From Windy Hill to the Western Oval, Maribyrnong & Moonee Valley

Saturday nights “derby” at Docklands Stadium will see the Dons path to September action hitting a bump in the road or the Dogs being mathematically eliminated from this seasons finals equation.

Perusing the playing lists of the past 40 years I noticed a little traffic alongMt Alexander Road, past the Racecourse and ontoGeelong Roadresulting from player movement between these two sides. I’ve taken a look at three of the more interesting cases of those who have represented both of Saturday nights combatants at senior VFL level.


Bruce Neish: Essendon 1970-71 – 21 games/13 goals, Footscray 1972 – 1 game, 0 goals.

Lucky, right place, right time, call it what you like but the man who wore No 8 at Windy Hill prior to Tuddy’s arrival managed to achieve in less than half an hour of football on Saturday May 13 1972 what legends such as John Schultz, David Darcy and the great EJ Whitten were unable to do during their glittering careers, that is be part of a Footscray victory at Kardinia Park. When Stephen Power was unable to take his place in the side due to a leg injury Neish was called up to take Charlie Pagnocollo’s spot on the bench.  At three quarter time Footscray trailed the Cats by 21 points. During the final term Neish replaced Bill Godridge and when the final siren sounded the drought had been broken, eight last quarter goals seeing Bob Roses’ men return home up the highway with four premiership points for the first time since Bastille Day 1945. Neish’s VFL career ended on that famous afternoon.


Alan Stoneham: Footscray 1972-79 – 128 games/42 goals, Essendon 1980-83 – 72 games/20 goals.

Stonehamdebuted for VFA team Sunshine in 1971 still a week shy of his 16th birthday, and whilst not part of the Crows history making 2nd division premiership team that season made the short trip to the Western Oval the following year.Stoneham was on a hiding to nothing when he was given the Number 3 guernsey, the previous owner none other than Mr Football himself. He debuted in the Round 14 victory overNorth Melbourne in 1972, the last win the Dogs would have over their other local rival for almost six years.Stoneham would provide fine service during eight seasons at the Western Oval, leaving in the summer of 1979 following the arrival of Royce Hart as senior coach. Despite being a solid contributor for Barry Davis & Kevin Sheedy, averaging 18 games a season over his four season stint at Essendon, a time best remembered by many for an unfortunate meeting with Bertie Dipierdomenico in 1983.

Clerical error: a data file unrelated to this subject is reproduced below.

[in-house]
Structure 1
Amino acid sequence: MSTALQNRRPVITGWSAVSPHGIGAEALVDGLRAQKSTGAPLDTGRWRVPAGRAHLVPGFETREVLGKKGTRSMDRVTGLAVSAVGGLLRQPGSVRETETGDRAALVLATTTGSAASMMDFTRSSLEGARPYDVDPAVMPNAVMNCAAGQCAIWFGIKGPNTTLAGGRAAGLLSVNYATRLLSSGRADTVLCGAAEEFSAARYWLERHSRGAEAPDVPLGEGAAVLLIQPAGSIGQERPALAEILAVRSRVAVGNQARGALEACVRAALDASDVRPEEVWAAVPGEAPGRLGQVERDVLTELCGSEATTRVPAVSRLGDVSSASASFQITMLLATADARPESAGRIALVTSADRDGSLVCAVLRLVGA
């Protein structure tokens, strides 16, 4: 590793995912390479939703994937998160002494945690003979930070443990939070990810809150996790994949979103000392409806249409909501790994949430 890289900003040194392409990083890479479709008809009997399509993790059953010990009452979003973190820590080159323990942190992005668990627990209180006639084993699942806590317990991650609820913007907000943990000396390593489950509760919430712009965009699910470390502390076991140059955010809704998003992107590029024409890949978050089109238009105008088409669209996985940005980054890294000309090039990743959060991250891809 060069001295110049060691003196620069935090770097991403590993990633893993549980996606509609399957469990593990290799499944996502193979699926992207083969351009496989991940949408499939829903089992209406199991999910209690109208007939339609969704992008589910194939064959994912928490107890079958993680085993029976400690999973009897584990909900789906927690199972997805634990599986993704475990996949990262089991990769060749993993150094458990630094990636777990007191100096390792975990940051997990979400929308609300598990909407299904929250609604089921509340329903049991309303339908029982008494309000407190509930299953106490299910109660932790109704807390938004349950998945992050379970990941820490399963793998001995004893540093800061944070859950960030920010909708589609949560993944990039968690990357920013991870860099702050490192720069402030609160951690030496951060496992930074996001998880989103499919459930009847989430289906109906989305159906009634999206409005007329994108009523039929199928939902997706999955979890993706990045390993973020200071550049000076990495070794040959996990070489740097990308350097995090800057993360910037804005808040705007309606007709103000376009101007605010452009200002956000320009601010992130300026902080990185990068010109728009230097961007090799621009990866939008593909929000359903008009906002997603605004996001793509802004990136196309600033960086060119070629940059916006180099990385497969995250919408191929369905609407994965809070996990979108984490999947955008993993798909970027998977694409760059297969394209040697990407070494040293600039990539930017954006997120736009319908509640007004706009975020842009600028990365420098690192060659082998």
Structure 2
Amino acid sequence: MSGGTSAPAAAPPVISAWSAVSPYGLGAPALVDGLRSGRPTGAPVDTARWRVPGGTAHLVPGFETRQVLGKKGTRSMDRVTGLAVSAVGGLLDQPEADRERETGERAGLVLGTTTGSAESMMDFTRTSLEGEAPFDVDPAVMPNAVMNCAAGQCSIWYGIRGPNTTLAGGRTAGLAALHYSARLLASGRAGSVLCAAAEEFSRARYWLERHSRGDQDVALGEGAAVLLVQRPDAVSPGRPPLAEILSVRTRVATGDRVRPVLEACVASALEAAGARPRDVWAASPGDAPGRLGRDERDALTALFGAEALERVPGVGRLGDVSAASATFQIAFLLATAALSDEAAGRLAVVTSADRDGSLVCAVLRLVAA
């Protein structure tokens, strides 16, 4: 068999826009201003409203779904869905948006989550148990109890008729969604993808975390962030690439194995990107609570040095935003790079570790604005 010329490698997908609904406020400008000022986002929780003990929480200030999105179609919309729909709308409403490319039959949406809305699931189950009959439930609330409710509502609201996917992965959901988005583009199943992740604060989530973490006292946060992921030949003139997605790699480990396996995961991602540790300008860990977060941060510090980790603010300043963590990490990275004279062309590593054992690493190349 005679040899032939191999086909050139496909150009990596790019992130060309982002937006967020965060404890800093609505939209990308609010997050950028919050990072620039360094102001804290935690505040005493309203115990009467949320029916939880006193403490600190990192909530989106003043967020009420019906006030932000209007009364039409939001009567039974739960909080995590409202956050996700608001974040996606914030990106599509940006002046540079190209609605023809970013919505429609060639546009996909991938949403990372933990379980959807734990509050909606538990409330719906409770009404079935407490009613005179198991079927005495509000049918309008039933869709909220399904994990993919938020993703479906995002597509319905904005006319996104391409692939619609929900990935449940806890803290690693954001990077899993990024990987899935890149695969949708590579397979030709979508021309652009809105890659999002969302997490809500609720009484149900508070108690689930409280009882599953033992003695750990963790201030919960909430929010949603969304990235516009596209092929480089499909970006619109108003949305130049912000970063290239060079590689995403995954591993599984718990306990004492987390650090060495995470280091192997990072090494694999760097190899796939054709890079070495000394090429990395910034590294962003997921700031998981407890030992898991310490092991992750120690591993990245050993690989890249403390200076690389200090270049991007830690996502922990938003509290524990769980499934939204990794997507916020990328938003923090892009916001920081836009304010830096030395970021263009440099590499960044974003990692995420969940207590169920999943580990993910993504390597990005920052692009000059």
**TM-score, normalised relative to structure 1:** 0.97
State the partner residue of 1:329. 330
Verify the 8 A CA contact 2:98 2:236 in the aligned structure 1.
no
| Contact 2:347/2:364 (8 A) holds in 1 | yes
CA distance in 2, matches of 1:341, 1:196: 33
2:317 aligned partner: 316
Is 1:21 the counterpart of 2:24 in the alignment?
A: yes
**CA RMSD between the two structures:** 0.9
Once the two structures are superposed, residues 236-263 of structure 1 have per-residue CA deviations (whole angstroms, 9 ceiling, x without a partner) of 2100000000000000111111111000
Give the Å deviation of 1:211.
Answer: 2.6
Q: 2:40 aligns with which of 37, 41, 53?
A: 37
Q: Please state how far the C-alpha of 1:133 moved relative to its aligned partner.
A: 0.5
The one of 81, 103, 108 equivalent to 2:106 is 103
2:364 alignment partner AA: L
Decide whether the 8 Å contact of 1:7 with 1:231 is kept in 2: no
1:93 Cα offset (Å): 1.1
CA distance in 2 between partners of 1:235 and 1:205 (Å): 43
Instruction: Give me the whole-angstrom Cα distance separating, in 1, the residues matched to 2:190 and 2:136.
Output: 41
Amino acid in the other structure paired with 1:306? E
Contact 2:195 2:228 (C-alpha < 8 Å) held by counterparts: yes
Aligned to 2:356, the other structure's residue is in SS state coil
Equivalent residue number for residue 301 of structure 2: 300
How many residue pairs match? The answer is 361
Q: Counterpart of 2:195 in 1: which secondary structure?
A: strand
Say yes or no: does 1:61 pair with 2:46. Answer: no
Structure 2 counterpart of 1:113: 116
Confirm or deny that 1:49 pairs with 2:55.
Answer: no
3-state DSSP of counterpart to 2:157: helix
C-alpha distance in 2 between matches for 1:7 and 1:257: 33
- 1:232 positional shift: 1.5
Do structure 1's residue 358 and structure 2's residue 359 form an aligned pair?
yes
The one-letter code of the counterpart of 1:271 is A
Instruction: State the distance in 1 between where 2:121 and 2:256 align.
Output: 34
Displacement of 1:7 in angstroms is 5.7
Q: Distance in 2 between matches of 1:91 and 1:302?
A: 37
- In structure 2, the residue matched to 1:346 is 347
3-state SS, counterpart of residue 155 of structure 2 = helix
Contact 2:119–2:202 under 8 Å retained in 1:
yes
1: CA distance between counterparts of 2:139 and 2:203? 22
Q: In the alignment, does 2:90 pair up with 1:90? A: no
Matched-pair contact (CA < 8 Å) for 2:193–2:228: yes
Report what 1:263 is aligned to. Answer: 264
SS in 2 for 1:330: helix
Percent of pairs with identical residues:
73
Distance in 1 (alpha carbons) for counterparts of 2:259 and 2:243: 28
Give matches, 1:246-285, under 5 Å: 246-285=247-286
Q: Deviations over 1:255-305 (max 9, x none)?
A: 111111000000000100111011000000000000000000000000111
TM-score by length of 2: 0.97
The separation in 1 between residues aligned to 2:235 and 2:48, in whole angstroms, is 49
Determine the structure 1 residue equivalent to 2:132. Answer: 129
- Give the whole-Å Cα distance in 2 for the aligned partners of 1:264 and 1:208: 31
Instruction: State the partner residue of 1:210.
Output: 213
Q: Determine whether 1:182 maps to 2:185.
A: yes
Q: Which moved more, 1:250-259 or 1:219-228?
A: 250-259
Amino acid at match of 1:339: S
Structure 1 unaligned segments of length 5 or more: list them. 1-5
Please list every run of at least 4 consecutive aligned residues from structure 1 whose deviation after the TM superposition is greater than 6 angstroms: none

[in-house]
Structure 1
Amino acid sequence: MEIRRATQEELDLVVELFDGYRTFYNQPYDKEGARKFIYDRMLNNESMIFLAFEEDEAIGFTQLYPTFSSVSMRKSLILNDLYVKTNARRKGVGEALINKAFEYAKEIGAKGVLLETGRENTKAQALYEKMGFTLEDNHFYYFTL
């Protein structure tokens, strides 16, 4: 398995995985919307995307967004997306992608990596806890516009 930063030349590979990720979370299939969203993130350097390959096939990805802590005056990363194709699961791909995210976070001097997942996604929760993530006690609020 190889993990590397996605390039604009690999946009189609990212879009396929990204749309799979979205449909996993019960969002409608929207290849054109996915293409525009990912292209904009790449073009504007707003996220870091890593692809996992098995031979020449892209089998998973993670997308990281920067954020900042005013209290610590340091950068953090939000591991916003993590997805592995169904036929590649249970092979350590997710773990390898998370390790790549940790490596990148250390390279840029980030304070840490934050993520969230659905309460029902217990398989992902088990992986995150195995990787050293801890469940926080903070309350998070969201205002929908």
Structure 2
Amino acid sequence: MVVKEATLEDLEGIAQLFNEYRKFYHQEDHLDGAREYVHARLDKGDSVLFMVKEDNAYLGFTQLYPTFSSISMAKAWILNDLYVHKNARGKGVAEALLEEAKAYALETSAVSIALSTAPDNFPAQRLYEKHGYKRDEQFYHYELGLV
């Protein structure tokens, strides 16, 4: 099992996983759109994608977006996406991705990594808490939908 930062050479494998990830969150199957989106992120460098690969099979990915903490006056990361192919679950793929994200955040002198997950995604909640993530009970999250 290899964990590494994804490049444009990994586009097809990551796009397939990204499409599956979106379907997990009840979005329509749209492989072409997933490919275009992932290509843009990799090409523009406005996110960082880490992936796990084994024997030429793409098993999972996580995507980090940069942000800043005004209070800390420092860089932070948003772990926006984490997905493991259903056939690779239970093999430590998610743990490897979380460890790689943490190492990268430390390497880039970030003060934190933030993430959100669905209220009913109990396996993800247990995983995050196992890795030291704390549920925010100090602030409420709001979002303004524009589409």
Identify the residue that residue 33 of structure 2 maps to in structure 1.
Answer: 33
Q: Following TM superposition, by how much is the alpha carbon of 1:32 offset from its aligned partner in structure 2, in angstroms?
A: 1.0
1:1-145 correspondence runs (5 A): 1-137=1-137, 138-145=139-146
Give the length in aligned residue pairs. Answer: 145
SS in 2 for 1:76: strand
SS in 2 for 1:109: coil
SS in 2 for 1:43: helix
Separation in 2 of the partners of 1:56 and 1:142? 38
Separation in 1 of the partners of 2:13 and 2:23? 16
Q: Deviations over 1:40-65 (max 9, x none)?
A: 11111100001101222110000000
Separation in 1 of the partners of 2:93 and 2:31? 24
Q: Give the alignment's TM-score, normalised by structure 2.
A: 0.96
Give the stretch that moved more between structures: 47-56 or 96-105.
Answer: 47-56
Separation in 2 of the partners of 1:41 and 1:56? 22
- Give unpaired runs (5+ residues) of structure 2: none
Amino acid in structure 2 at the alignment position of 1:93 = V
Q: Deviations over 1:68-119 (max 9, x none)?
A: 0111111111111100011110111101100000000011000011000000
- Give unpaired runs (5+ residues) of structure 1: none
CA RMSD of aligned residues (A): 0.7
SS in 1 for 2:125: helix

Max Crow: Essendon 1974 & 1976-1982 – 136 games/139 goals, Footscray 1986- 12 games/18 goals.

Big Maxie’s debut against reigning premierRichmondon May 18 1974 will live in infamy, not due to any dastardly deed the young man from Underbool committed, but the brawl that occurred at Windy Hill that afternoon. The half time melee and subsequent suspensions handed down the following week overshadowed Crow’s eight kick, four goal introduction to the big league on the same day EG Whitlam’s ALP won the “double dissolution” election. Crow led the Dons goalkicking list in 1977 with 38 and along with Simon Madden, Paul Van Der Haar and Terry Daniher provided the “Baby Bombers” with a plethora of aerial options. He spent three years at Moorabbin between 1983/85 picking up a Best & Fairest in his first year with the Saints. The Bulldog faithful hoped Crow’s arrival at the Western Oval could compensate for the loss of Jim Edmond to the Swans at the end of the 1985 season. Unfortunately an injury sustained in the opening round victory against former club St Kilda meant Crow would miss nearly the entire first half of his only season at the kennel.

Other players to have split their playing time with both the Dogs & Dons football clubs include Ian Morrison, Wayne Foreman, Tony Buhagiar & former Victorian & South Australian state cricketer Les Stillman. Former ABC cricket commentator Norman Blundell (Graeme’s uncle) saw playing time for both Essendon and Footscray in the District cricket competition in the 1940’s & 50’s. Another red headed firebrand to wear the number 8 at Essendon, Jack Mihocek, may qualify as a member of this dubious group. Apart from representing the Bombers in 13 senior games in the late 70’s Mihocek played for local soccer/football team Footscray JUST.